Human nasopharyngeal epithelial Detroit 562 cells (American Type Culture Collection, Manassas, VA, USA), bronchial epithelial Calu-3 cells (American Type Culture Collection), and cervical epithelial HeLa cells (RIKEN Bioresource Center) were cultured in Eagle’s minimum essential medium alpha (α-MEM; Invitrogen, Carlsbad, CA, USA) supplemented with 10% fetal bovine serum (FBS) (Invitrogen) (10% FBS α-MEM), penicillin (100 U/ml), and streptomycin (100 µg/ml) at 37°C in a 5% CO2 atmosphere.
Epithelial Cell Death
Streptococcal strains were grown to the exponential phase and centrifuged at 5000×g for 5 min. Pelleted cells were then resuspended in 10% FBS α-MEM containing no antibiotics. Epithelial cells (2×105 cells) in 24-well culture plates (Asahi Glass, Tokyo, Japan) were infected with viable streptococcal strains at a multiplicity of infection (MOI) of 50, 100, or 200, in the absence of antibiotics, for 2 h. Cells were washed with phosphate buffered saline (PBS, pH 7.2) to remove extracellular non-adherent bacteria, and cultured for 18 h in fresh medium containing antibiotics. Cells were then stained with 0.2% trypan blue (Sigma Aldrich, St. Louis, MO, USA) in PBS, and the numbers of viable and dead cells were counted using light microscopy (Nikon TMS-F, Nikon, Tokyo, Japan). One additional measure of cell death was whether the cells detached from the culture plates. The morphological changes of the infected cells were also determined using a phase-contrast microscope (Axiovert 40C, Carl Zeiss, Oberkochen, Germany). Cell death induced by H2O2 was determined using similar methods. Epithelial cells were treated with 1, 5, or 10 mM H2O2 (Nacalai Tesque, Kyoto, Japan) for 2 h, washed with PBS, and cultured for 18 h in fresh medium. The viability was determined by trypan blue staining.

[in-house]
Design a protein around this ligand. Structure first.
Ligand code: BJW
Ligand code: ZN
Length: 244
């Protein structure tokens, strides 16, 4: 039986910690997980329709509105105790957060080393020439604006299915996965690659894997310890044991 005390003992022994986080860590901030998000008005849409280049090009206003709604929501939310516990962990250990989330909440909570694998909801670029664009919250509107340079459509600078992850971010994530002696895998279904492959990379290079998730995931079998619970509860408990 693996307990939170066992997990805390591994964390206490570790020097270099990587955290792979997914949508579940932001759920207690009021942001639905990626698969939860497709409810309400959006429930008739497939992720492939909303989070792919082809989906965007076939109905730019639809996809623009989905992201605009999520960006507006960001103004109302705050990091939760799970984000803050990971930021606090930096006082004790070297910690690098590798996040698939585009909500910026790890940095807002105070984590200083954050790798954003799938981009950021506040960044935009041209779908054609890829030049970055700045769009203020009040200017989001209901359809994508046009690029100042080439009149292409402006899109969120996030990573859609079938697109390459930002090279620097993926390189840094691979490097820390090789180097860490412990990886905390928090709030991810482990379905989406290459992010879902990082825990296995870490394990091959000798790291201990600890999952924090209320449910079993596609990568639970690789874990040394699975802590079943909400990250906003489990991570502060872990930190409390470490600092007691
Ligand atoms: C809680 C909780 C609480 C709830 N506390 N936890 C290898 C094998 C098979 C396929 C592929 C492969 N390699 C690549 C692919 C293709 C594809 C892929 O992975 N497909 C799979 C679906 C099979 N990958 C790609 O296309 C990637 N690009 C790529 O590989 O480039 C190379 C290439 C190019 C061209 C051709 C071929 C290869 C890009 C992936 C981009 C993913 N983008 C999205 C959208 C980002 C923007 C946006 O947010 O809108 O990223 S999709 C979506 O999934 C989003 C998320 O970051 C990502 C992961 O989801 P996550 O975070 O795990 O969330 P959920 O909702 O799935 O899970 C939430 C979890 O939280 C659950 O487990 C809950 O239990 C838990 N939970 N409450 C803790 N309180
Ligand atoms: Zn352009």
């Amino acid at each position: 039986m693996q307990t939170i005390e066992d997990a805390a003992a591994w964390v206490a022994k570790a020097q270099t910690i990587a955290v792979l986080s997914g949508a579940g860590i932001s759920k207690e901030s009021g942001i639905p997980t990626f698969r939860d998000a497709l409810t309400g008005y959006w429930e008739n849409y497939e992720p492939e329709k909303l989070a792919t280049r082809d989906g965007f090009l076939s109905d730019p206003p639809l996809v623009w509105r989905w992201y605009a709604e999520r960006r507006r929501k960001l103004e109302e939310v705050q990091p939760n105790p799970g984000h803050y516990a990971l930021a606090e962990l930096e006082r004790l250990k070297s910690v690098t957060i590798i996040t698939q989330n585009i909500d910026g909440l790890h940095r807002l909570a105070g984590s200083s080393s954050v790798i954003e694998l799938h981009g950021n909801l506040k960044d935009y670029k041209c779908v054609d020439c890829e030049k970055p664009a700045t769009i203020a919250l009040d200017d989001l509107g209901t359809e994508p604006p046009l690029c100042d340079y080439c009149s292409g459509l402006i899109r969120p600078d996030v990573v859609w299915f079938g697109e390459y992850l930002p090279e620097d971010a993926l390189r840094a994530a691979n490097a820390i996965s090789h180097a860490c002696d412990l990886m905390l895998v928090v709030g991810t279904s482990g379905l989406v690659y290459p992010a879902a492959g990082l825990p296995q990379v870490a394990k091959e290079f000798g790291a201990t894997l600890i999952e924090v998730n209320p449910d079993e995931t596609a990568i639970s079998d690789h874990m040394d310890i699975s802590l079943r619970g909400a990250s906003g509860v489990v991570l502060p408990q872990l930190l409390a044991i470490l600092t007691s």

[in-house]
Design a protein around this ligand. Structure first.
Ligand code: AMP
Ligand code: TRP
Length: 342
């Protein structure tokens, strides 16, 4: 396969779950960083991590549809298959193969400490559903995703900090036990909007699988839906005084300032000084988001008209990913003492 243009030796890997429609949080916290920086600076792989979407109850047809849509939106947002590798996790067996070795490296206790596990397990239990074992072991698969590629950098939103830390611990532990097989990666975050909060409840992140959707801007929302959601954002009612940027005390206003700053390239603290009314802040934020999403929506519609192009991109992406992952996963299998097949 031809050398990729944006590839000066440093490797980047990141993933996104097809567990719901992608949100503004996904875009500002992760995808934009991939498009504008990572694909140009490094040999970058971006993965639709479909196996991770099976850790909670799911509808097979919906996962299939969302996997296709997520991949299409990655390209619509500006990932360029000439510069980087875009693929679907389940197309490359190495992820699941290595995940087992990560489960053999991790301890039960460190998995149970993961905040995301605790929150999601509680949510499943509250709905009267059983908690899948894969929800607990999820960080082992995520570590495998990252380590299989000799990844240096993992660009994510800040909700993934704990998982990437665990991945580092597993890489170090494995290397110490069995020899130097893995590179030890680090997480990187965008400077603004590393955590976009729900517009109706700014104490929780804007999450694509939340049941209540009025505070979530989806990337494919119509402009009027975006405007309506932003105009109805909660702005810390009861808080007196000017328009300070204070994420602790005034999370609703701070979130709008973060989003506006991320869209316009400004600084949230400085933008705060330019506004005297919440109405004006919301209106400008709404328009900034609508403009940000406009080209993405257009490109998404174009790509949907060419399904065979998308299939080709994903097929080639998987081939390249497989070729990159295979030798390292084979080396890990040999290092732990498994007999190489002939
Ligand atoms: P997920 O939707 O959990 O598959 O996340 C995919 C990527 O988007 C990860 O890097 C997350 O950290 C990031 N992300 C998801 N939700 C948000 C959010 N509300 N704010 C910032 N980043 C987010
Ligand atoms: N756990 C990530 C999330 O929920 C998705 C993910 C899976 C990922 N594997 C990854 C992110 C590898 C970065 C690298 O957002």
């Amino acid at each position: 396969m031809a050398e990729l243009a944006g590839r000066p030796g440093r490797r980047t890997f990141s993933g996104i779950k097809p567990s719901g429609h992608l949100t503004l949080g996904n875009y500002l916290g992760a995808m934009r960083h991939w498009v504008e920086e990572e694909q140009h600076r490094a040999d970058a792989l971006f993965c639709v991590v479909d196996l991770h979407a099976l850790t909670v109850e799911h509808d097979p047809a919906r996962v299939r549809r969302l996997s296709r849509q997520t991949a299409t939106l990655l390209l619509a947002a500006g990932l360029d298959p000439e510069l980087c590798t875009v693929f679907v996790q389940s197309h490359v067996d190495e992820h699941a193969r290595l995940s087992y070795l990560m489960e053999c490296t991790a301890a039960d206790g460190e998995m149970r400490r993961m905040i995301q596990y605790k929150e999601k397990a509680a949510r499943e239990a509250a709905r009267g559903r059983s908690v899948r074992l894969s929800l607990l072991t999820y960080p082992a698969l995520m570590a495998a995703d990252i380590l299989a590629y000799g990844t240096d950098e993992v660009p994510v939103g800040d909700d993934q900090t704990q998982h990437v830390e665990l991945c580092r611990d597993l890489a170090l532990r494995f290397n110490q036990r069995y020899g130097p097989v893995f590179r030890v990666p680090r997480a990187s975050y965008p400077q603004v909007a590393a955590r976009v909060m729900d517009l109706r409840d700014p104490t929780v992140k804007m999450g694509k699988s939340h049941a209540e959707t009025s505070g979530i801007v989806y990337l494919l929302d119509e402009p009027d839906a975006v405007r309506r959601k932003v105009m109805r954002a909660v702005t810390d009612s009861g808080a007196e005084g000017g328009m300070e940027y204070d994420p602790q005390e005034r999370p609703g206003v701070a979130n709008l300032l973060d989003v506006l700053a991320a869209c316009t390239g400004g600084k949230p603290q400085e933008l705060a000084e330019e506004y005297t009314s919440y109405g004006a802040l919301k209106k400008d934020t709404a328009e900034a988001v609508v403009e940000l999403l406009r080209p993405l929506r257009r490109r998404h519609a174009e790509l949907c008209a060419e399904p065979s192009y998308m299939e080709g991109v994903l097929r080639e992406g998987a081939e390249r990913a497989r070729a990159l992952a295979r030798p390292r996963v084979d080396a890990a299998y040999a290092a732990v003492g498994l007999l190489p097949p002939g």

Effect of Catalase on Cell Viability
Prior to infection, 10 or 100 U/ml of catalase (Sigma-Aldrich) was added to the cultures of epithelial cells, and the cells were then infected with viable S. oralis WT (MOI; 50, 100, or 200) for 2 h. Cells were washed with PBS, and cultured in fresh medium containing catalase and antibiotics for 18 h. Viability was determined as described above.